Skip to content

Some of the hills are steep-sided, with great views from the summit or ridge, but there are plenty of easy to moderate strolls along flat land and also several good walks for families, including the Country Parks: Pembrey, Gelli Aur, Llyn Llech Owain and Sandy Water Park.

The vast Brechfa Forest and Crychan Forest have a network of well-marked paths and cycleways. Coniferous plantations with densely-planted trees standing straight and powerful create a particular tangy freshness in the air. Carmarthenshire also has many deciduous woodlands: some just ancient oaks, but others with a beautiful mixture of trees such as beech, oak, ash and willow. There are lakes, reservoirs, castles and ancient monuments in abundance as well as drovers’ routes and Roman Roads in the area around LlandoveryCarreg Cennen and Dinefwr, near Llandeilo.

Understandably, many of the walks centre on the divine River Towy with its twists and turns and even the odd oxbow lake – for the delight of those who never believed they’d actually see one despite the enticing pictures in the Geography textbooks. Lots of interesting birds can be spotted around the peaceful woodlands and countryside of the heart of Carmarthenshire. There’s an RSPB reserve near Rhandyrmwyn, Gwenffrwd Dinas, and not far away the Wildlife Trust oversees Nant Melyn Reserve. See our page on Birds to see inland in West Wales.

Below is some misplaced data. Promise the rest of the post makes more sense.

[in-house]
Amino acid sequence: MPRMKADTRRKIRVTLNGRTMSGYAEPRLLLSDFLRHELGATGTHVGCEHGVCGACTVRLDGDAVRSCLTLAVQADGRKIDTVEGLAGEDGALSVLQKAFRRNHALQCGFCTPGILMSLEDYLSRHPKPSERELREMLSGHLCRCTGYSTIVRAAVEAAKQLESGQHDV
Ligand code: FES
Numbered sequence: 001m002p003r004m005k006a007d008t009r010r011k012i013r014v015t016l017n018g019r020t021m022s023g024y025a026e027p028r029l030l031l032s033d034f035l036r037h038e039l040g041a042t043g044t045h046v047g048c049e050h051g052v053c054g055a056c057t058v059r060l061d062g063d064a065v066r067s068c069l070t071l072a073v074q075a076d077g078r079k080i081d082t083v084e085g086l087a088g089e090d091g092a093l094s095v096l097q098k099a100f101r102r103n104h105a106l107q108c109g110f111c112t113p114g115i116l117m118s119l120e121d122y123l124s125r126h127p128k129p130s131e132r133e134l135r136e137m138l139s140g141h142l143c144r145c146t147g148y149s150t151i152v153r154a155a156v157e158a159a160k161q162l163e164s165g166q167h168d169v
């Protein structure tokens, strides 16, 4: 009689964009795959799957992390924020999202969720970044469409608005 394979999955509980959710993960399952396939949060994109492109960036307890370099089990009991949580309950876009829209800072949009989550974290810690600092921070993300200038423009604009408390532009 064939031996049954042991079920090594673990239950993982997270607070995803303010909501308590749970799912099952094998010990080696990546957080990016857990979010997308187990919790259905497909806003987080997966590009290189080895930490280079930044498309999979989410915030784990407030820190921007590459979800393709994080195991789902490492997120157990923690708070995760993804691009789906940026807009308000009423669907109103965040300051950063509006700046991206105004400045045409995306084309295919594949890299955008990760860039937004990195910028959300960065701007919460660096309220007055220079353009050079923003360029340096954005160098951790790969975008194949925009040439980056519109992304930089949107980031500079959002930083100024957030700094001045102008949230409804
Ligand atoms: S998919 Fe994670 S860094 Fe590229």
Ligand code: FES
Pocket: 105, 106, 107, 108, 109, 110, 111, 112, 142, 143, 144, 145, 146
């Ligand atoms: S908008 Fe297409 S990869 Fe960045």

The Teifi Valley

There is much ancient woodland in this area. These woods are significant for nature conservation as they tend to provide viable habitats for more plant and animal species than younger woods. If you are in an ancient woodland there will be species such as Herb Paris (rare), cow wheat (uncommon), bluebell, crab apple, wood spurge (quite common).

Woollen mills in villages of the area thrived in the industrial era of the 19th Century. The parish of Drefach Felindre was known as “the Huddersfield of Wales” and was one of the most prolific in the manufacture of flannel, a cloth which was valuable in providing warm clothing for the coal workers in South Wales and soldiers in the First World War. In the mid-1920s, over 50 mills were operating and many old mills can be seen on the Bargod, Bran and Esgair streams which once provided the power.

The area around Llandysul crosses the county boundary between Ceredigion and Carmarthenshire so you might also like to look at Walks in Ceredigion / Carmarthenshire.

Holiday Cottages in Carmarthenshire

If you are looking for somewhere to stay for your walking holiday in Carmarthenshire, why not take a look at our Carmarthenshire holiday cottages?

West Wales Holiday Cottages Newsletter

Sign up to receive our newsletter – we’ll let you know about new properties, special offers and events you may be interested in!